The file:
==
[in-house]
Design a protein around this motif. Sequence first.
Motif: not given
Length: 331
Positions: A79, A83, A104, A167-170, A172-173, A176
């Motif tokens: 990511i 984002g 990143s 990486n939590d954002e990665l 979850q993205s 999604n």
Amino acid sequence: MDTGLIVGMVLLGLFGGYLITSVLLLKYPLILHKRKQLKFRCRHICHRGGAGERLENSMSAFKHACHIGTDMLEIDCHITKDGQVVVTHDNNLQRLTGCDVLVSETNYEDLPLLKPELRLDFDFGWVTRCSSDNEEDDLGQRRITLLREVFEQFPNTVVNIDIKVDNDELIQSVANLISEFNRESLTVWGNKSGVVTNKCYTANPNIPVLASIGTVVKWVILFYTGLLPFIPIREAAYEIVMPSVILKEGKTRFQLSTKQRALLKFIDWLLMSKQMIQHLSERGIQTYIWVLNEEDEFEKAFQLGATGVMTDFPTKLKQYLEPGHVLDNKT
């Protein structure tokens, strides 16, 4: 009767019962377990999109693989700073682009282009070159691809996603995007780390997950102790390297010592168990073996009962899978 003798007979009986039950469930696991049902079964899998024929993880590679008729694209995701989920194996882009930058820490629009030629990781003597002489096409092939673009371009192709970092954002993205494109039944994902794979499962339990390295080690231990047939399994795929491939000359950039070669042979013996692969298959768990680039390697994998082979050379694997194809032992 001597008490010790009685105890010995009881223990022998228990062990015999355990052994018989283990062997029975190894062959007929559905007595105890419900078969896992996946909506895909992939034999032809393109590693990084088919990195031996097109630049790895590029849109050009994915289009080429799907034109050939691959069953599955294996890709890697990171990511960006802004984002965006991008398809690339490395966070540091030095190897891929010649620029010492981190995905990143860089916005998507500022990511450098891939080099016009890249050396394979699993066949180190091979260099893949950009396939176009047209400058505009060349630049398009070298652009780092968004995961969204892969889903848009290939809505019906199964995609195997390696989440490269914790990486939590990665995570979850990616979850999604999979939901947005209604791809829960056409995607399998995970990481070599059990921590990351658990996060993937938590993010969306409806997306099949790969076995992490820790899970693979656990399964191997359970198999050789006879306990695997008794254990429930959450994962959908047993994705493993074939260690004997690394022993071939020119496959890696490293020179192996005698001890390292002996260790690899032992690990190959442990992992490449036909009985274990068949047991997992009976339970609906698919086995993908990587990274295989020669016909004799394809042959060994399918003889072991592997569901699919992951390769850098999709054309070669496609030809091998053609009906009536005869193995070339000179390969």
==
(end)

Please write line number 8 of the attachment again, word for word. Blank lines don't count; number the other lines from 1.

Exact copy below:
């Protein structure tokens, strides 16, 4: 009767019962377990999109693989700073682009282009070159691809996603995007780390997950102790390297010592168990073996009962899978 003798007979009986039950469930696991049902079964899998024929993880590679008729694209995701989920194996882009930058820490629009030629990781003597002489096409092939673009371009192709970092954002993205494109039944994902794979499962339990390295080690231990047939399994795929491939000359950039070669042979013996692969298959768990680039390697994998082979050379694997194809032992 001597008490010790009685105890010995009881223990022998228990062990015999355990052994018989283990062997029975190894062959007929559905007595105890419900078969896992996946909506895909992939034999032809393109590693990084088919990195031996097109630049790895590029849109050009994915289009080429799907034109050939691959069953599955294996890709890697990171990511960006802004984002965006991008398809690339490395966070540091030095190897891929010649620029010492981190995905990143860089916005998507500022990511450098891939080099016009890249050396394979699993066949180190091979260099893949950009396939176009047209400058505009060349630049398009070298652009780092968004995961969204892969889903848009290939809505019906199964995609195997390696989440490269914790990486939590990665995570979850990616979850999604999979939901947005209604791809829960056409995607399998995970990481070599059990921590990351658990996060993937938590993010969306409806997306099949790969076995992490820790899970693979656990399964191997359970198999050789006879306990695997008794254990429930959450994962959908047993994705493993074939260690004997690394022993071939020119496959890696490293020179192996005698001890390292002996260790690899032992690990190959442990992992490449036909009985274990068949047991997992009976339970609906698919086995993908990587990274295989020669016909004799394809042959060994399918003889072991592997569901699919992951390769850098999709054309070669496609030809091998053609009906009536005869193995070339000179390969």